Northrop Grumman has begun flight testing of US Navy’s first developmental multifunction active sensor (MFAS) radar, the primary sensor on the Navy’s MQ-4C Broad Area Maritime Surveillance Unmanned Aircraft System (BAMS UAS) at Palmdale, California, US.
The radar has been mounted onboard a Gulfstream II test-bed aircraft based in Palmdale, California, US for the flight test.
Flight testing will take place in three phases that include radar integration, mode integration and refinement, and data collection over the next several months wherein each phase will validate the radar’s capabilities and modes to provide a persistent common picture of maritime surface traffic.
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Unmanned Systems general manager and sector vice president Duke Dufresne said that the BAMS UAS is providing affordable, combat-proven high altitude, long endurance intelligence, and surveillance and reconnaissance solutions for the Navy and other customers.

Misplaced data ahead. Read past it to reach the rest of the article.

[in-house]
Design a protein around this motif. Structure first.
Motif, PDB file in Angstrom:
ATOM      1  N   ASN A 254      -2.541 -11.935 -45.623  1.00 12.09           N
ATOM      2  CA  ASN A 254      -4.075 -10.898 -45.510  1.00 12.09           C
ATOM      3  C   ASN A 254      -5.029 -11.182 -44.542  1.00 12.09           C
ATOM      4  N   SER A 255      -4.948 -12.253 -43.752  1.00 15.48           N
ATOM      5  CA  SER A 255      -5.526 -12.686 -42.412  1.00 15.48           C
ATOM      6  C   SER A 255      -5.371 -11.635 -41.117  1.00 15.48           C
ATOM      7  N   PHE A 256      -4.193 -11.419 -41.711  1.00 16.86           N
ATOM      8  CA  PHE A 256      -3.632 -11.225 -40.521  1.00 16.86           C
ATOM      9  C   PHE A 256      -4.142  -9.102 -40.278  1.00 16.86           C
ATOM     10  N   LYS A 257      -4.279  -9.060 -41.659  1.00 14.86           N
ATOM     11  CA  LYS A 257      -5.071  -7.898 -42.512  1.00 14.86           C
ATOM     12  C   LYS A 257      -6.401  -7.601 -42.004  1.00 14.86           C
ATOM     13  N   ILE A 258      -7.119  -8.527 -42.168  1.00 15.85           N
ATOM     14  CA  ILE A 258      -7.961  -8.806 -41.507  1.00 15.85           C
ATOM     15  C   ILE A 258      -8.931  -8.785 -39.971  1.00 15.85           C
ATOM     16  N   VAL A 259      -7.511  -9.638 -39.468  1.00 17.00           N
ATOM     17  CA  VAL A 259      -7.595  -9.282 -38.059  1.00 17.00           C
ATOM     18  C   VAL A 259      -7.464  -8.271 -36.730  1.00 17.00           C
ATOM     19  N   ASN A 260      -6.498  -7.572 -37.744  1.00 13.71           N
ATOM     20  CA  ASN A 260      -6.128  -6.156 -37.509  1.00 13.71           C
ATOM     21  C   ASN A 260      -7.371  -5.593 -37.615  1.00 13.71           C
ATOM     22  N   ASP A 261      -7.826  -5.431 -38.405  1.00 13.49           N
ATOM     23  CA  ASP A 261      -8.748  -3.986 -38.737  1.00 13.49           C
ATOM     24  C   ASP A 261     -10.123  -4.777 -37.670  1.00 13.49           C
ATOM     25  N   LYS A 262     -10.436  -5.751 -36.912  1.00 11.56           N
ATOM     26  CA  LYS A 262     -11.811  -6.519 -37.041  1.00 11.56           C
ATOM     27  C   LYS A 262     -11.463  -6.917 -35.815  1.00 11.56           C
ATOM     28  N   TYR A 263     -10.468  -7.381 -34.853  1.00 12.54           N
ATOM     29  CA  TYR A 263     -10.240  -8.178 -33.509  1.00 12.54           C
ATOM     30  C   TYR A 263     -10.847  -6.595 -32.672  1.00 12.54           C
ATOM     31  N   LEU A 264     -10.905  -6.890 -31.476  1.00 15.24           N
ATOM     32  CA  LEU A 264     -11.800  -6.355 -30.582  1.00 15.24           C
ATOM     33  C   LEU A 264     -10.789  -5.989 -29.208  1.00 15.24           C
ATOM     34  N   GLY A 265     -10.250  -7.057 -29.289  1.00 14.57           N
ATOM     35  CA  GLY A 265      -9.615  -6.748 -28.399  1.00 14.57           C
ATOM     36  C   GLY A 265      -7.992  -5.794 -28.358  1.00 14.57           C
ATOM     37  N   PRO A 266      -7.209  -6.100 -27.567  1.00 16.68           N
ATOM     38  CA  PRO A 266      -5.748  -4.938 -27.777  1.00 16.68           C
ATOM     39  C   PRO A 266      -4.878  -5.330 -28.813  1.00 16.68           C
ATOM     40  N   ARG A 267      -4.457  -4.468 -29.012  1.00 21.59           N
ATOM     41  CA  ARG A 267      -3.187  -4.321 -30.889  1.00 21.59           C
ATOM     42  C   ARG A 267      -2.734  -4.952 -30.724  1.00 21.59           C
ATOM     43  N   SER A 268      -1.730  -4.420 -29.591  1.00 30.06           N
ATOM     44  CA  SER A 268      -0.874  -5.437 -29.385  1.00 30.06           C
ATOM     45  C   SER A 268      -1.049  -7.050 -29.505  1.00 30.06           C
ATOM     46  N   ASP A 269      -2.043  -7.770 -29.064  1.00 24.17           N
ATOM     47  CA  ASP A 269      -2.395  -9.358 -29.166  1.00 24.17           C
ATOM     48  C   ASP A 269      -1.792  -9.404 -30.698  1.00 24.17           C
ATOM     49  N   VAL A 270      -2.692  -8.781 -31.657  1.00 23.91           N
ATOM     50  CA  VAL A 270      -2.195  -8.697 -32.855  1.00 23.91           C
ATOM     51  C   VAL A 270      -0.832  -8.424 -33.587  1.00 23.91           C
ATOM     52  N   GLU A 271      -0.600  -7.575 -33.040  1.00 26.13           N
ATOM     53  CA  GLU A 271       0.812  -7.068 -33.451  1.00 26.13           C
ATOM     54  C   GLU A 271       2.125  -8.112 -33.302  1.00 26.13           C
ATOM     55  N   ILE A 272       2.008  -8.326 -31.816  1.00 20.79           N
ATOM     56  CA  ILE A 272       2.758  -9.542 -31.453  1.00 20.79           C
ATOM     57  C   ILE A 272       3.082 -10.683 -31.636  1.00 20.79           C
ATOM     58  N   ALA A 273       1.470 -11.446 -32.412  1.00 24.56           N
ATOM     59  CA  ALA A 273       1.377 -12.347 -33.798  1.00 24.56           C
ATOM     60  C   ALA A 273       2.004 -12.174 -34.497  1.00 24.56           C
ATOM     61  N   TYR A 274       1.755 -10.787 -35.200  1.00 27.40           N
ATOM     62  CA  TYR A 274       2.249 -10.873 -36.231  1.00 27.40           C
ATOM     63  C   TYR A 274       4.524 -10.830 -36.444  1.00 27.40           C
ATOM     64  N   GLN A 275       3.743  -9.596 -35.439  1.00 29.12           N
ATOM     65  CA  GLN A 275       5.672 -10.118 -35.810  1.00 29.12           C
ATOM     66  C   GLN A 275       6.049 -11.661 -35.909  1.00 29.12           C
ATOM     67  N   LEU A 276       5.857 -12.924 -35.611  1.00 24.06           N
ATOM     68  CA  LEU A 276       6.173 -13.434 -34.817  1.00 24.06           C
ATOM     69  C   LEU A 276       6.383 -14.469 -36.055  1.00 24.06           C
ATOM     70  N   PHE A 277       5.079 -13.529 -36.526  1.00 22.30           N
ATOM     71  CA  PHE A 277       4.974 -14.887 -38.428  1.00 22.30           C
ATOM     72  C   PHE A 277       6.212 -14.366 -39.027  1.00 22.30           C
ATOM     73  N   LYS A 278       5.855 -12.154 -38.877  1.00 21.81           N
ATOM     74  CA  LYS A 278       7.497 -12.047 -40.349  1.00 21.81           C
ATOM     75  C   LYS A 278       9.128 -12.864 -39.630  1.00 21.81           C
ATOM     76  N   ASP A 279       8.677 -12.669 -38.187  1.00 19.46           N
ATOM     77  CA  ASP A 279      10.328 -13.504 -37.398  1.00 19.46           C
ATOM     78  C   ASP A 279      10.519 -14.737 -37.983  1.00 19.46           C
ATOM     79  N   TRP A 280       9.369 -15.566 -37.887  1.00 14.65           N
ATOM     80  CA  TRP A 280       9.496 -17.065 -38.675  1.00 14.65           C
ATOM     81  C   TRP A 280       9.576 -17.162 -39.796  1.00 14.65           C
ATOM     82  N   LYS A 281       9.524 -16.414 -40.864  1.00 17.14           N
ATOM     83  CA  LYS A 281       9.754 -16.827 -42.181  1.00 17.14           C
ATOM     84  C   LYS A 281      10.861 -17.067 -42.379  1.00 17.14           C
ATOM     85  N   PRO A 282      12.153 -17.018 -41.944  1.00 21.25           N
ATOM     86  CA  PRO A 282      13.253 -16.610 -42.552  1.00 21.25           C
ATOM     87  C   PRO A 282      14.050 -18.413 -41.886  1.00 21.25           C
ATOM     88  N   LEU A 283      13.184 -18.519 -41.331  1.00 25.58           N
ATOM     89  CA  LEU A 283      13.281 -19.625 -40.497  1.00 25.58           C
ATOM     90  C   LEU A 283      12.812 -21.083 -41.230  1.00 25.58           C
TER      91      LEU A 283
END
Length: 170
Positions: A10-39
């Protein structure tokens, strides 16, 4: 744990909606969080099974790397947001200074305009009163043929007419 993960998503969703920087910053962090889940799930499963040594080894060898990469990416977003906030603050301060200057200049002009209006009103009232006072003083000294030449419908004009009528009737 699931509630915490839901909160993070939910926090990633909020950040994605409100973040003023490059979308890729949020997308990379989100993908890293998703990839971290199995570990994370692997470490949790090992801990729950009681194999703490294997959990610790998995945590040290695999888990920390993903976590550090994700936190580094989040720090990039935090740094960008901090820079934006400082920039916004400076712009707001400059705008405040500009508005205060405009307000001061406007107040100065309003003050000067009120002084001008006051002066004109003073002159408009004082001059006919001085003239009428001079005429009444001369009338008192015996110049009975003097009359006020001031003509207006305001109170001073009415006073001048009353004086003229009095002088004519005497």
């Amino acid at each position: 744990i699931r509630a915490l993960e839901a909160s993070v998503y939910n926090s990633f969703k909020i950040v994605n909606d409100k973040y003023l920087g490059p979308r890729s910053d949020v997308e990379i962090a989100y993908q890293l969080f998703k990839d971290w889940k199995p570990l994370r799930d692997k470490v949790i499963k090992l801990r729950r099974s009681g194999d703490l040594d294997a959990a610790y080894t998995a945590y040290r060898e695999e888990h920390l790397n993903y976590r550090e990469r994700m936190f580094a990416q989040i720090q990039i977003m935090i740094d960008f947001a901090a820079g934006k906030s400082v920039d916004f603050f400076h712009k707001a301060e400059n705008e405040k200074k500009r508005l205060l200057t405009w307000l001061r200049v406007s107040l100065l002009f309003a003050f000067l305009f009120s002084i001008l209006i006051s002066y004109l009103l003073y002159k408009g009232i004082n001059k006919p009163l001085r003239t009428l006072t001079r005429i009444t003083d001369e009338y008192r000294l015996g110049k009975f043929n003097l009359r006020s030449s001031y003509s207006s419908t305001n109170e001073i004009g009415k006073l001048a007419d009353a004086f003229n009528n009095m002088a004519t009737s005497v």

Surveillance Systems vice president Paul Kalafos said MFAS sensor provides 360-degree persistent coverage of both open oceans and littoral regions from extremely long ranges and will set the standard in maritime surveillance.
The MQ-4C BAMS UAS is the naval version of the US Air Force’s RQ-4 Global Hawk aircraft and is designed to support various Navy’ missions when operating independently or in collaboration with fleet assets.
In November 2011, the radar successfully completed ground station testing at the company’s Electronics Systems facility in Norwalk, Connecticut, US.
Northrop had also installed landing gear and wings on the airframe of the first MQ-4C BAM UAS at the company’s facility in California, US.
The navy is planning to procure MQ-4Cs, including five test aircraft, worth nearly $12bn while the first MQ-4C aircraft is scheduled to be operational in 2015.
Image: The first Multi-Function Active Sensor (MFAS) is mounted in the belly fairing just ahead of Northrop’s G-II test bed aircraft wing. Photo: Northrop Grumman.